Farmers top image

Revenue earned from commercial agriculture in steep decline

By Moses Omusolo
Grace Mumbi at her tea farm in Gathuaini. [File, Standard]

Farmers have lost faith in commercial crop farming owing to low returns, new research shows.

A study done by financial services firm ICEA Lion indicates that farmers are increasingly getting low returns from cash crops.

“Revenue from commercial agriculture as a proportion of the market value of agriculture sector output fell steeply from 27 percent in 2013 to 16 percent in 2018,” said the study report.

ICEA Lion attributes the drastic decline to rising costs of production.

"Aggregate fertiliser costs rose by 68 percent while the cost of crop chemicals increased by 165 percent between 2013 and 2018,” said ICEA Lion Head of Research Judd Murigi.

He further said the aggregate cost of fuel and power increased by 34 percent while the cost of manufactured feeds was up 28 percent during the period.

The report said the aggregate cost of production rose by 53 percent between 2013 and 2018 to hit more than Sh60 billion. This adversely affected the returns of cash crop farmers.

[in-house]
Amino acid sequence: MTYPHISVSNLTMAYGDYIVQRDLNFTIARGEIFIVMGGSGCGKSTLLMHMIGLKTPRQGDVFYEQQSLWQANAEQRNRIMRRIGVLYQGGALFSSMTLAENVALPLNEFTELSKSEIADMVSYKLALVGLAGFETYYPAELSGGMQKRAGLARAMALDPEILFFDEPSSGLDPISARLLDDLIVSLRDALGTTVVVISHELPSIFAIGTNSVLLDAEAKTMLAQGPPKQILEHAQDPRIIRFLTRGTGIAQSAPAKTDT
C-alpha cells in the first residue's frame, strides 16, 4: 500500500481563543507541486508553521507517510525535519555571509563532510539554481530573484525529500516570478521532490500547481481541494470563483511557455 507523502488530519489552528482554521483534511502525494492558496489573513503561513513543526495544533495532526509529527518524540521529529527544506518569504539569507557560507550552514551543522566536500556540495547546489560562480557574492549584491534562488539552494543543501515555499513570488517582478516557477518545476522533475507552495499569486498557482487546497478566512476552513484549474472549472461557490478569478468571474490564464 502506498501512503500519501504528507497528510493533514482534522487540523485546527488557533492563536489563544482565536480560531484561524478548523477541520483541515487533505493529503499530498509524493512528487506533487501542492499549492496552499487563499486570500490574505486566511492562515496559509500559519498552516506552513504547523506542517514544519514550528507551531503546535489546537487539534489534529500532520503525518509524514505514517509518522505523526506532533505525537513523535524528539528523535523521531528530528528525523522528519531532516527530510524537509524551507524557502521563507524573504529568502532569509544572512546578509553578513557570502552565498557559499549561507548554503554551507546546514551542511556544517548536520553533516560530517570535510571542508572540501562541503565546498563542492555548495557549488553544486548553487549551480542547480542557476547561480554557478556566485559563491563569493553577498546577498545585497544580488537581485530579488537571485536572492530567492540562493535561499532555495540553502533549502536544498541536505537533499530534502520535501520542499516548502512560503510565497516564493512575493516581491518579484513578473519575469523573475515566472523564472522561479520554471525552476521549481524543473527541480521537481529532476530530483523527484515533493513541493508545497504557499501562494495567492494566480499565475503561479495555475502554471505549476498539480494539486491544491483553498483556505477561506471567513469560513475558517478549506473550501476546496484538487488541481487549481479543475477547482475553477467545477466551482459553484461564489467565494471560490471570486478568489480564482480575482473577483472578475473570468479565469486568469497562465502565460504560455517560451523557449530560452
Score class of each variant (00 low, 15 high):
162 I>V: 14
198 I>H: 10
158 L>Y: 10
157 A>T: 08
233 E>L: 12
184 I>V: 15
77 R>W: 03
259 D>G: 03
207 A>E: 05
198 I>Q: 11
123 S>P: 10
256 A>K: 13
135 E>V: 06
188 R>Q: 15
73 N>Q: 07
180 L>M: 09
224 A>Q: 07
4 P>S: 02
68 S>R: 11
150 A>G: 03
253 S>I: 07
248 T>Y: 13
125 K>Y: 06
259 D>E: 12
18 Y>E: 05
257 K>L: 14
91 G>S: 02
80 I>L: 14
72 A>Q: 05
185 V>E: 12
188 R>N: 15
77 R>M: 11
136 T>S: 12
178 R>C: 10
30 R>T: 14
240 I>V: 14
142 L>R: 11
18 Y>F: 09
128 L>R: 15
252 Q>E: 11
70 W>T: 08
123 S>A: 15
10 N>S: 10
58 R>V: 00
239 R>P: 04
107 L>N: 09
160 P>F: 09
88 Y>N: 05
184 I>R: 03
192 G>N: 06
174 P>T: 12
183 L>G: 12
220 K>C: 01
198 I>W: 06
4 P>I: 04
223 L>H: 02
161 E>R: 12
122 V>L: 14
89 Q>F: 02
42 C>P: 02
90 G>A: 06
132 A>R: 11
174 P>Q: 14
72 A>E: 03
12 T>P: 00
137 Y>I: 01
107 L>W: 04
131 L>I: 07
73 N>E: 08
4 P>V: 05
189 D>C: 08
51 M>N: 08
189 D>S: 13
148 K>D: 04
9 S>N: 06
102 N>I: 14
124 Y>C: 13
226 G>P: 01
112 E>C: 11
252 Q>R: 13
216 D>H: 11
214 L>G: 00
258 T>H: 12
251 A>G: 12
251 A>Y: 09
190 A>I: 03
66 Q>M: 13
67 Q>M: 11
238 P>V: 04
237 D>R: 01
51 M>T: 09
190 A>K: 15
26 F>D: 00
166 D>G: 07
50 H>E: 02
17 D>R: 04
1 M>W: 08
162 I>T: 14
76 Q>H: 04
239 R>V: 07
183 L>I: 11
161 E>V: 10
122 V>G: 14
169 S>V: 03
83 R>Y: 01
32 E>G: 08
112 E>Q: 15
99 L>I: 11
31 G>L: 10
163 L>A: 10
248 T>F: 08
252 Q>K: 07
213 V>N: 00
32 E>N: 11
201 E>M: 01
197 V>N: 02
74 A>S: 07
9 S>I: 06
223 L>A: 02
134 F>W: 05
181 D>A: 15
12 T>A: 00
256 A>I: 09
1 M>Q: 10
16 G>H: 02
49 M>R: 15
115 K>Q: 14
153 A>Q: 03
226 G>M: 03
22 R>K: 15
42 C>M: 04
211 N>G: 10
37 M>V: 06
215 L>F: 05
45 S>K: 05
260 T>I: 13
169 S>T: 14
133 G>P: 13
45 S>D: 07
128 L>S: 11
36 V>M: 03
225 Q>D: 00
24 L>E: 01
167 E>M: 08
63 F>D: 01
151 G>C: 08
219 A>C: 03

“Commercial crop revenue halved from 28 percent of the market value of crop produced in 2013 to 14 percent of the market value output in 2018,” said the report.

The study attributed the decline in output over the same period to poor crop yields occasioned mostly by poor farming practices.

“Increase in annual usage of key inputs between 2013 and 2018 was more than double the increase in yearly commercial agricultural output in the same period, indicating that the law of diminishing returns was taking hold,” said the report.

Other than horticulture, coffee and tea, the only sub-sector offering farmers hope is livestock farming, whose returns are promising, the firm noted.


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